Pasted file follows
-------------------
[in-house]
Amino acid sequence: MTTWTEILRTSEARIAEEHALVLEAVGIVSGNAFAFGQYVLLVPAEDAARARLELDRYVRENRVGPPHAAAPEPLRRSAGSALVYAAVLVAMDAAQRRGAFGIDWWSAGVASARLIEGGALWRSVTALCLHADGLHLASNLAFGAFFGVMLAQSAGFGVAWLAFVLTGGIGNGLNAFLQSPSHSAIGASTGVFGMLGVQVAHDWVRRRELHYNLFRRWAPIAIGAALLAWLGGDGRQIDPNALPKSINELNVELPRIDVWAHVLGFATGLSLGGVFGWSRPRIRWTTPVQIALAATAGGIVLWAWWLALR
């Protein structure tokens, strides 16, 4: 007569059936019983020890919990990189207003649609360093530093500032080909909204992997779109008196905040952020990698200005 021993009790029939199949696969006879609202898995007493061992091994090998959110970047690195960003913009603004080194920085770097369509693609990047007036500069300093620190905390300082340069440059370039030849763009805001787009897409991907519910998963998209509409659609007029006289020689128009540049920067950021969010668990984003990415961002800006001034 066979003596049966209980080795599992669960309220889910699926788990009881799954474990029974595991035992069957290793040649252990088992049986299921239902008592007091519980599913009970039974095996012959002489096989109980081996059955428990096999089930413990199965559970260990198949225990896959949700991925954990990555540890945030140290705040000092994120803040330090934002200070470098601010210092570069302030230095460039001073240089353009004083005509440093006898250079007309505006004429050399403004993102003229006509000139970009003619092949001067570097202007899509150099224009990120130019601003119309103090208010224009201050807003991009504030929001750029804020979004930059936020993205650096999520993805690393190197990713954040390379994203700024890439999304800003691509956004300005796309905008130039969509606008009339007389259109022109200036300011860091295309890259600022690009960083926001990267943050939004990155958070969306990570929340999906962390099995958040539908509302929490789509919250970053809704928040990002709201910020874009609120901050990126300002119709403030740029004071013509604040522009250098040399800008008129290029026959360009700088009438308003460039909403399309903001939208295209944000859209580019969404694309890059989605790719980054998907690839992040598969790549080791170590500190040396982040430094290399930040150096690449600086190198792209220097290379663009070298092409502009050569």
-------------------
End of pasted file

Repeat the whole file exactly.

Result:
[in-house]
Amino acid sequence: MTTWTEILRTSEARIAEEHALVLEAVGIVSGNAFAFGQYVLLVPAEDAARARLELDRYVRENRVGPPHAAAPEPLRRSAGSALVYAAVLVAMDAAQRRGAFGIDWWSAGVASARLIEGGALWRSVTALCLHADGLHLASNLAFGAFFGVMLAQSAGFGVAWLAFVLTGGIGNGLNAFLQSPSHSAIGASTGVFGMLGVQVAHDWVRRRELHYNLFRRWAPIAIGAALLAWLGGDGRQIDPNALPKSINELNVELPRIDVWAHVLGFATGLSLGGVFGWSRPRIRWTTPVQIALAATAGGIVLWAWWLALR
């Protein structure tokens, strides 16, 4: 007569059936019983020890919990990189207003649609360093530093500032080909909204992997779109008196905040952020990698200005 021993009790029939199949696969006879609202898995007493061992091994090998959110970047690195960003913009603004080194920085770097369509693609990047007036500069300093620190905390300082340069440059370039030849763009805001787009897409991907519910998963998209509409659609007029006289020689128009540049920067950021969010668990984003990415961002800006001034 066979003596049966209980080795599992669960309220889910699926788990009881799954474990029974595991035992069957290793040649252990088992049986299921239902008592007091519980599913009970039974095996012959002489096989109980081996059955428990096999089930413990199965559970260990198949225990896959949700991925954990990555540890945030140290705040000092994120803040330090934002200070470098601010210092570069302030230095460039001073240089353009004083005509440093006898250079007309505006004429050399403004993102003229006509000139970009003619092949001067570097202007899509150099224009990120130019601003119309103090208010224009201050807003991009504030929001750029804020979004930059936020993205650096999520993805690393190197990713954040390379994203700024890439999304800003691509956004300005796309905008130039969509606008009339007389259109022109200036300011860091295309890259600022690009960083926001990267943050939004990155958070969306990570929340999906962390099995958040539908509302929490789509919250970053809704928040990002709201910020874009609120901050990126300002119709403030740029004071013509604040522009250098040399800008008129290029026959360009700088009438308003460039909403399309903001939208295209944000859209580019969404694309890059989605790719980054998907690839992040598969790549080791170590500190040396982040430094290399930040150096690449600086190198792209220097290379663009070298092409502009050569």